“Yazzie-Martinez was a clear indication that we failed to provide the investments into public education that we were required to,” she said. “We now have the highest-paid educators in the region. We’ve invested billions of dollars in the classroom for small class sizes. We’ve reduced the teacher vacancies to about 34%.”

Ronchetti didn’t address the parameters of Yazzie-Martinez or how the case would impact his education priorities. He did fall in line with Lujan Grisham’s idea about investing more money into schools for teachers and reducing classroom sizes.

“We’ll provide stipends for extra tutoring. Yes, we’re gonna get into the classroom, spend more money, and there’s no doubt there will be no education cuts,” he said.

The candidates briefly disagreed on social studies requirements that are changing in public schools. Ronchetti incorrectly asserted that the new policies “are designed to divide kids by race or gender in any way possible.”

New social studies standards do include curriculum about race and gender, much of which is designed around the Yazzie-Martinez requirement to adapt culturally relevant curriculum. This translates to class assignments that meet the students’ diverse needs and backgrounds.

Lujan Grisham noted that the social studies curriculum updates were necessary after more than 10 years without any changes. “We’re being directed by the courts,” she said.

The conversation about the Yazzie-Martinez lawsuit was the only topic specifically concerning Native Americans in New Mexico that showed up in the debate. Neither candidate was asked or shared their views on government-to-government relationships, language access, land conservation and other topics concerning Indigenous voters. While topics about the economy, crime and substance use, early childhood education and unhoused populations do intersect with Indigenous people’s concerns there was nothing specifically addressed to Native people who are more than 10% of New Mexico.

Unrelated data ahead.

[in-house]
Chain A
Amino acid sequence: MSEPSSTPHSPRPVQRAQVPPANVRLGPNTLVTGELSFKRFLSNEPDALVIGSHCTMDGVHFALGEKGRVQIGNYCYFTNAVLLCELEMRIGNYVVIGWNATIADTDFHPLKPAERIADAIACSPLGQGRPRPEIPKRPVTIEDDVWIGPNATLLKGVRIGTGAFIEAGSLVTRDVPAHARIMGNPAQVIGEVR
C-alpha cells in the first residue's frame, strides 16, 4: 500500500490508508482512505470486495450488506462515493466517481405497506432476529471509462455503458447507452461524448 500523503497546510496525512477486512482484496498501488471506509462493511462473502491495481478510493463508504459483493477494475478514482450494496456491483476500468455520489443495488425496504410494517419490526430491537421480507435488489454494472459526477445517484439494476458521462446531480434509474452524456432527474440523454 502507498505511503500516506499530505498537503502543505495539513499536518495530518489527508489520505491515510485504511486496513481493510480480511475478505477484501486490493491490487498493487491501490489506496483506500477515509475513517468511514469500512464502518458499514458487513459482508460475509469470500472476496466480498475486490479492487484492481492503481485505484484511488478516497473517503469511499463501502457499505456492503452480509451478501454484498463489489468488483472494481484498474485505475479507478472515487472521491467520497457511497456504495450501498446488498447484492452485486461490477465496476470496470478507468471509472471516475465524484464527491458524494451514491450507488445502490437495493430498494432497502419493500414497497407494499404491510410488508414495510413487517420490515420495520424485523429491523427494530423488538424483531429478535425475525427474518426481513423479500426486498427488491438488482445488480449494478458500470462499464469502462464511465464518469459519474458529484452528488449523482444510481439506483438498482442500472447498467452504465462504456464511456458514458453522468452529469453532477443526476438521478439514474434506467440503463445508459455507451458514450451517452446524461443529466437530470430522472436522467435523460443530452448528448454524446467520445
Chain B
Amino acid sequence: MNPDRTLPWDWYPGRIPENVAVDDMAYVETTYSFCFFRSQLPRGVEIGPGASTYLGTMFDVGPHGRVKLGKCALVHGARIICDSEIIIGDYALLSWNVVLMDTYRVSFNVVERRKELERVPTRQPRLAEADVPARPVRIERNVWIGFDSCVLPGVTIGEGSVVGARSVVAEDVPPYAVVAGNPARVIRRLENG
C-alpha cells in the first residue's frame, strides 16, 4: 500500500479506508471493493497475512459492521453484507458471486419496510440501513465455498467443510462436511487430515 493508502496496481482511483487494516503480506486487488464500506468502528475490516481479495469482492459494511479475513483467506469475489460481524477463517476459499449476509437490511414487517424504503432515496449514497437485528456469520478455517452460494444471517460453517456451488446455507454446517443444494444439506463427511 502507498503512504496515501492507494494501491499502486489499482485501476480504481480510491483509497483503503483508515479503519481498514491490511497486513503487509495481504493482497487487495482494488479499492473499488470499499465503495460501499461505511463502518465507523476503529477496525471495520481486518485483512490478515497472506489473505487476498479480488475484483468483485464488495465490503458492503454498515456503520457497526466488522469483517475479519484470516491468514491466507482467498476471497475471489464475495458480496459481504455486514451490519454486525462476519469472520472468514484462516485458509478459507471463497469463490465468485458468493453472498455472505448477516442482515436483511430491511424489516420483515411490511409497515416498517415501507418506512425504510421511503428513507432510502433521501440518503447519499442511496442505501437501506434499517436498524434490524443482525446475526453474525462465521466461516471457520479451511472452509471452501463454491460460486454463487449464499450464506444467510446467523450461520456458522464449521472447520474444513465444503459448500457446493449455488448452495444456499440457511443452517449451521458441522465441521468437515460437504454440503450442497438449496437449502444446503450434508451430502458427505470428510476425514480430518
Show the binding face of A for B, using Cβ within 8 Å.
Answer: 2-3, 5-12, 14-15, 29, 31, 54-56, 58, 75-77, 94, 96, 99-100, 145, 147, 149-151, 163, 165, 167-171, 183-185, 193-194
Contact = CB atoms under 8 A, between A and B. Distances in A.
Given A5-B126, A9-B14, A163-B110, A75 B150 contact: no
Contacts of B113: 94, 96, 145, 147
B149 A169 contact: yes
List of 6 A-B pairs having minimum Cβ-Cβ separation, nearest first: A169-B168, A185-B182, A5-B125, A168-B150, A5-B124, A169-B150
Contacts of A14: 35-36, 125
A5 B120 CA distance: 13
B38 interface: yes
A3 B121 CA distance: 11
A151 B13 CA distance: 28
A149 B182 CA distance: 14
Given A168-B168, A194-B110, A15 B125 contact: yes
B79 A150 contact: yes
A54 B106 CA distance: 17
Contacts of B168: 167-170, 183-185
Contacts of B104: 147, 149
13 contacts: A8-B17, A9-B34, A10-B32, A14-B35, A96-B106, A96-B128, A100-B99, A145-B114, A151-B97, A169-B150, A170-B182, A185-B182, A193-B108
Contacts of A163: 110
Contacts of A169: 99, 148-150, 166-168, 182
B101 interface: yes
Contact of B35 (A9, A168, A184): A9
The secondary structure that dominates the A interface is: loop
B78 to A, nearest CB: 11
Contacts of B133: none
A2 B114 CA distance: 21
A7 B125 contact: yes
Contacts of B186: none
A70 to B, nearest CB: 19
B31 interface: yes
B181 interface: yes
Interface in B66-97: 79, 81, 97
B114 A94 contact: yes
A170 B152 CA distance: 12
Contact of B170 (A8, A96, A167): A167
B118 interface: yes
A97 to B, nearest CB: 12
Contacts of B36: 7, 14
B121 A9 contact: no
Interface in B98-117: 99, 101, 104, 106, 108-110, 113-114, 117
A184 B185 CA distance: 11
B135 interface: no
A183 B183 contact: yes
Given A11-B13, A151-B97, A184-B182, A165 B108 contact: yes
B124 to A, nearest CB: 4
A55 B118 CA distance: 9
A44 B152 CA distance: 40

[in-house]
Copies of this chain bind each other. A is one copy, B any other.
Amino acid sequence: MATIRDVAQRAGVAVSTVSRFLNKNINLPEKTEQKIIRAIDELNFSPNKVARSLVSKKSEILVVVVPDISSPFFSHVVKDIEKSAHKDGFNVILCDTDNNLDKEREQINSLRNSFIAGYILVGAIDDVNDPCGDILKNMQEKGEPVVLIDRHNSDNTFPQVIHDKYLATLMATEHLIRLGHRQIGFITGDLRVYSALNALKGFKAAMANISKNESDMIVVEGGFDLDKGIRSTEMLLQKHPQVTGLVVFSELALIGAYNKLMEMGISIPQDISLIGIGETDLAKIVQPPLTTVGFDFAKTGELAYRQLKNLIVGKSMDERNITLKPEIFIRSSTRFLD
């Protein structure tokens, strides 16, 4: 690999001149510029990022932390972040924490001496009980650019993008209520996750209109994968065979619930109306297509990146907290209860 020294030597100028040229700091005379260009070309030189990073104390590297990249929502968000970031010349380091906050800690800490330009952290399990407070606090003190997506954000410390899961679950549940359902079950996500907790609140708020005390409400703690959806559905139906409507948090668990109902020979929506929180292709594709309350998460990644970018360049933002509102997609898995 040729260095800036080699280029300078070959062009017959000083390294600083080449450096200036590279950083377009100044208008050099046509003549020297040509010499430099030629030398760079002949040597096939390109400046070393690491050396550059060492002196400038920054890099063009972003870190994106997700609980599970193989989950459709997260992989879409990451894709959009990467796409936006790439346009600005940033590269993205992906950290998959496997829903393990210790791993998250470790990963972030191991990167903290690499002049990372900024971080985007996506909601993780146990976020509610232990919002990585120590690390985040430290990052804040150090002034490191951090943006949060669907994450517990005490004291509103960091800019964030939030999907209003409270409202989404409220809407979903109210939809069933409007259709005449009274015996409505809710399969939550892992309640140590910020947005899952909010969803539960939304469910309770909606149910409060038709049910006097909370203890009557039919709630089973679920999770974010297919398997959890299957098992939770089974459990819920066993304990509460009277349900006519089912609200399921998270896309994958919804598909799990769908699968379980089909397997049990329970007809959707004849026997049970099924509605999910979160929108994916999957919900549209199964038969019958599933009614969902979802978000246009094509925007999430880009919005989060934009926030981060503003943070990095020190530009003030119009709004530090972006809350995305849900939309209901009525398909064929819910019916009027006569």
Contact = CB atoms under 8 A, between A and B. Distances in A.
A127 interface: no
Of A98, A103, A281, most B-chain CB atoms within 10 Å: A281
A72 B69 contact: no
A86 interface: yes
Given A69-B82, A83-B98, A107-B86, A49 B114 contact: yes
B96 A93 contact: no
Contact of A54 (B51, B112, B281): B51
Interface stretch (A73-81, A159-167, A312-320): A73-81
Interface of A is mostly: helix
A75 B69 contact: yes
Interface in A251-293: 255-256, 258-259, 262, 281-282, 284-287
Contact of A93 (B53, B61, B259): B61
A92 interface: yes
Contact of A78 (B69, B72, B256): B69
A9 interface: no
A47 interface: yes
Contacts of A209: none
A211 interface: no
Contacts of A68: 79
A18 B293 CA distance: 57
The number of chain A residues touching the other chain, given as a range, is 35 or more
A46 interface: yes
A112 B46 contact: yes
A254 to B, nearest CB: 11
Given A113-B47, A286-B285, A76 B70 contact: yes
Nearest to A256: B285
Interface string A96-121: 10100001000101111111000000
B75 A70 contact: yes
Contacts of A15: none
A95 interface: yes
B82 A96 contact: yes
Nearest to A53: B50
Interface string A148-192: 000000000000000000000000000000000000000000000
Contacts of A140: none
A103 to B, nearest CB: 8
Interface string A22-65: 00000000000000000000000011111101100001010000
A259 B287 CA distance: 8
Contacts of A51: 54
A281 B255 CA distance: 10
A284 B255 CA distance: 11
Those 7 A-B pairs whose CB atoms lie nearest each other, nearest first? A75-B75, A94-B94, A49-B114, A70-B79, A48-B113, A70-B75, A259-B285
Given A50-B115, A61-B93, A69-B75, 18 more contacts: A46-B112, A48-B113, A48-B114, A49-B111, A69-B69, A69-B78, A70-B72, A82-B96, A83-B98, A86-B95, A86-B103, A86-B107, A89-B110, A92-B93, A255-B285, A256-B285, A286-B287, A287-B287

It’s unclear if the candidates will have any time together to discuss their ideas ahead of the Nov. 8 general election. Early voting started Oct. 11, so many people might already have their minds made up. A recent poll released by KOB-TV shows Lujan Grisham with a commanding 16-point lead over Ronchetti.

Tomorrow, a candidate forum at the Pueblo Cultural Center in Albuquerque from 3 p.m. to 6 p.m. is scheduled by the All Pueblo Council of Governors. Confirmed attendees include candidates for Congress, attorney general, land commissioner, secretary of state and treasurer. 

Not confirmed to attend: either candidate for governor.

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Shaun Griswold
Shaun Griswold

Shaun Griswold is a journalist in Albuquerque. He is a citizen of the Pueblo of Laguna, and his ancestry also includes Jemez and Zuni on the maternal side of his family. He grew up in Albuquerque and Gallup. He brings a decade of print and broadcast news experience. Shaun reports on issues important to Native Americans in urban and tribal communities throughout the state, including education and child welfare.